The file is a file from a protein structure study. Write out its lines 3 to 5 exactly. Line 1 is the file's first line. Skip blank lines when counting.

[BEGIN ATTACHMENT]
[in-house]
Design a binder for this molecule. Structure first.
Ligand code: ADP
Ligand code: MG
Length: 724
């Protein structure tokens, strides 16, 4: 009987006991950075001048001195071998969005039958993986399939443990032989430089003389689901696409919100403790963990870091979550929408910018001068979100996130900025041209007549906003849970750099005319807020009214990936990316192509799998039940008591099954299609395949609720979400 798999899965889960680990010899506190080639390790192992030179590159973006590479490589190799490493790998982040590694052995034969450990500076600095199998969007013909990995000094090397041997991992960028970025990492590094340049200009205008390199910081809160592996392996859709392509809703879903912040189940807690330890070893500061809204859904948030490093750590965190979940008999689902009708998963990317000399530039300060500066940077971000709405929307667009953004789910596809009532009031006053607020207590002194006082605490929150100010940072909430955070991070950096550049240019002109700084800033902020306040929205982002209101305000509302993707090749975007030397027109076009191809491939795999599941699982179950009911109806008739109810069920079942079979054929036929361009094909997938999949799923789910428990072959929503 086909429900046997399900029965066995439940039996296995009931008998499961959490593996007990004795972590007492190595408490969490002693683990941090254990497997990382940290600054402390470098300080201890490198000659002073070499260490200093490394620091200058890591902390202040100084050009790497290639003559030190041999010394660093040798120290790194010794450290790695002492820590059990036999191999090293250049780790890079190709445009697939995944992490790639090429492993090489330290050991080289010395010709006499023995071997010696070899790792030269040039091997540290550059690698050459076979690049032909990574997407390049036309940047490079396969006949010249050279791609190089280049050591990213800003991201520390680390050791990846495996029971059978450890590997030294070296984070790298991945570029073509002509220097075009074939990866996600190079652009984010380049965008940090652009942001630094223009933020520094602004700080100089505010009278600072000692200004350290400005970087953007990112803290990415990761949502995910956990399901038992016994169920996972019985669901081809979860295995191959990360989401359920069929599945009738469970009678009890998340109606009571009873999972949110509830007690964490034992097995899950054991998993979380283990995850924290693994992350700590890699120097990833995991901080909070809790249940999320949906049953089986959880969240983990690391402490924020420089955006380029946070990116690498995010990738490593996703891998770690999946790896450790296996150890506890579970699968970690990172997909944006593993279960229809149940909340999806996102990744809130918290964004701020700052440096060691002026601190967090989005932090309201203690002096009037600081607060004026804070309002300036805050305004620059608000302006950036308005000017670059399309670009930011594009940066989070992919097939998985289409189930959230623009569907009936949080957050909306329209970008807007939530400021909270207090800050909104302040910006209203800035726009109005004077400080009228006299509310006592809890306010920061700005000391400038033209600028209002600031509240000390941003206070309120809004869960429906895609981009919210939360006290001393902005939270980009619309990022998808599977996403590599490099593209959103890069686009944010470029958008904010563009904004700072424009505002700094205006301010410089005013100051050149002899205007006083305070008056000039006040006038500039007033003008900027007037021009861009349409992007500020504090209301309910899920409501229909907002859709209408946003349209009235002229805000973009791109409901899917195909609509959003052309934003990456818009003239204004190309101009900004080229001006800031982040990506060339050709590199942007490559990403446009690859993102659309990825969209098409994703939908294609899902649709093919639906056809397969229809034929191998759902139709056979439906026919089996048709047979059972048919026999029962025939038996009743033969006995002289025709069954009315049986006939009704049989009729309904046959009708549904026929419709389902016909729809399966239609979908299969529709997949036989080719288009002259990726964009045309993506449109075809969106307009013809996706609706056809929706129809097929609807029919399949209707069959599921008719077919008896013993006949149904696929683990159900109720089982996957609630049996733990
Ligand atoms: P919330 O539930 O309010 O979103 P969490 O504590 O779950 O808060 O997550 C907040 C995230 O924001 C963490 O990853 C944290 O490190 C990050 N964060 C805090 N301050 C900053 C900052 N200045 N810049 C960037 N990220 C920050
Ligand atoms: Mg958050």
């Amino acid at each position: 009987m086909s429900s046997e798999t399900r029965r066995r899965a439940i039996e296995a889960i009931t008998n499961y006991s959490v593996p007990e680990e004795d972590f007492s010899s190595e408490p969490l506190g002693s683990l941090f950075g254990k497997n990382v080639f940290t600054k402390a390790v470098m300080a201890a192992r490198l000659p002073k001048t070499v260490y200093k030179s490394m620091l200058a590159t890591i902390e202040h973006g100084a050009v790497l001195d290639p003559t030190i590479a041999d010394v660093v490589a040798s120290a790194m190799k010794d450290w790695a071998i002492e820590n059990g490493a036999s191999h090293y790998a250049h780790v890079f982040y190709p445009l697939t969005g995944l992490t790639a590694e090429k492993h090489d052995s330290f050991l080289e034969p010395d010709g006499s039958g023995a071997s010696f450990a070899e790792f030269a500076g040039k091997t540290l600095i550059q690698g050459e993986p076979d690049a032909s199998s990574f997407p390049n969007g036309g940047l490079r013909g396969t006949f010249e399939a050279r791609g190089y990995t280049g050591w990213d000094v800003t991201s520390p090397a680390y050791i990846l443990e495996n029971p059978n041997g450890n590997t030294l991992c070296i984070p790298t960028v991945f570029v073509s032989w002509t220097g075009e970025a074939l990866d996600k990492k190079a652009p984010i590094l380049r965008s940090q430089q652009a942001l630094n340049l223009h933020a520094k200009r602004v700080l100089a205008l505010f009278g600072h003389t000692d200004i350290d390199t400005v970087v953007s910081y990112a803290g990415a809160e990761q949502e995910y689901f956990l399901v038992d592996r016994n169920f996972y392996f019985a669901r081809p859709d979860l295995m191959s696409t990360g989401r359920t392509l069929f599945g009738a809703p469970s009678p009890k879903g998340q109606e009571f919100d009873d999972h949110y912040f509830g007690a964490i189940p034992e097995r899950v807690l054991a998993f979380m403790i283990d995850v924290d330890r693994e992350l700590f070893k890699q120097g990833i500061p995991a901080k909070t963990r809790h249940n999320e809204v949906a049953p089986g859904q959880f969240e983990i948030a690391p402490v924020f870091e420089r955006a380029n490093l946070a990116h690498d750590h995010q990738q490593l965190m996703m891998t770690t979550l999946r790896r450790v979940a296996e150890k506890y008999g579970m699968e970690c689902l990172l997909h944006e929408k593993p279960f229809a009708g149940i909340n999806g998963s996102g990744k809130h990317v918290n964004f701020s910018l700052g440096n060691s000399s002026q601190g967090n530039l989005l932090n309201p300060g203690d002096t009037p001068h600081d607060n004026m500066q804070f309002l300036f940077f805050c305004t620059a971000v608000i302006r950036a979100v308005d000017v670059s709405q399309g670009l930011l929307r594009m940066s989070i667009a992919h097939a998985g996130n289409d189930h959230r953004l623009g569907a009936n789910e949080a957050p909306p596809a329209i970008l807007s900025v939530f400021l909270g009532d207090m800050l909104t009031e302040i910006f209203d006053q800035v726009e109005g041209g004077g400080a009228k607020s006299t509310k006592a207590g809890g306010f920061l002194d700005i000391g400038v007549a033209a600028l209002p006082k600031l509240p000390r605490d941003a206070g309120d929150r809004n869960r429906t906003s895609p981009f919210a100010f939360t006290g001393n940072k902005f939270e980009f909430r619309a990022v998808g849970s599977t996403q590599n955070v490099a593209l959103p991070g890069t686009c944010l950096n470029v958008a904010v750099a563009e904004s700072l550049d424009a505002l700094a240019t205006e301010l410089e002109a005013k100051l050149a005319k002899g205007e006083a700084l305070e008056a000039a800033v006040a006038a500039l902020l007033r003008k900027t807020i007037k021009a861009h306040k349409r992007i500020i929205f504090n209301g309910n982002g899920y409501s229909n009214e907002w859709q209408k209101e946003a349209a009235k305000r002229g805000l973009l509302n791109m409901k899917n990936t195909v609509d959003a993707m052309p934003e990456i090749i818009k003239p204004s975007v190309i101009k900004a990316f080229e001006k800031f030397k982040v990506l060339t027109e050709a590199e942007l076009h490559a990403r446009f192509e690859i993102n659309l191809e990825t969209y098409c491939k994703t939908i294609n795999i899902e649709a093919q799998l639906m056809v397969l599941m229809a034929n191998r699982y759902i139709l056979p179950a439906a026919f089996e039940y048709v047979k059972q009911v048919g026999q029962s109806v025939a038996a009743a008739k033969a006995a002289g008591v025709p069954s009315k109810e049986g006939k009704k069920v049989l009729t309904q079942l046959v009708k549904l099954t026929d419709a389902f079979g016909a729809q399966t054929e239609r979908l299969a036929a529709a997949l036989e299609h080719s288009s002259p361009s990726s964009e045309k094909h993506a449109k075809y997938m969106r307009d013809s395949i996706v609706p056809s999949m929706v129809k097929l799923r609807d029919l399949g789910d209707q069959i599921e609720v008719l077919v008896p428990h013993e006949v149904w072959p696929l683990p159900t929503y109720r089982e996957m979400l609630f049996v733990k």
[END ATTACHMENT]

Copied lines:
Ligand code: ADP
Ligand code: MG
Length: 724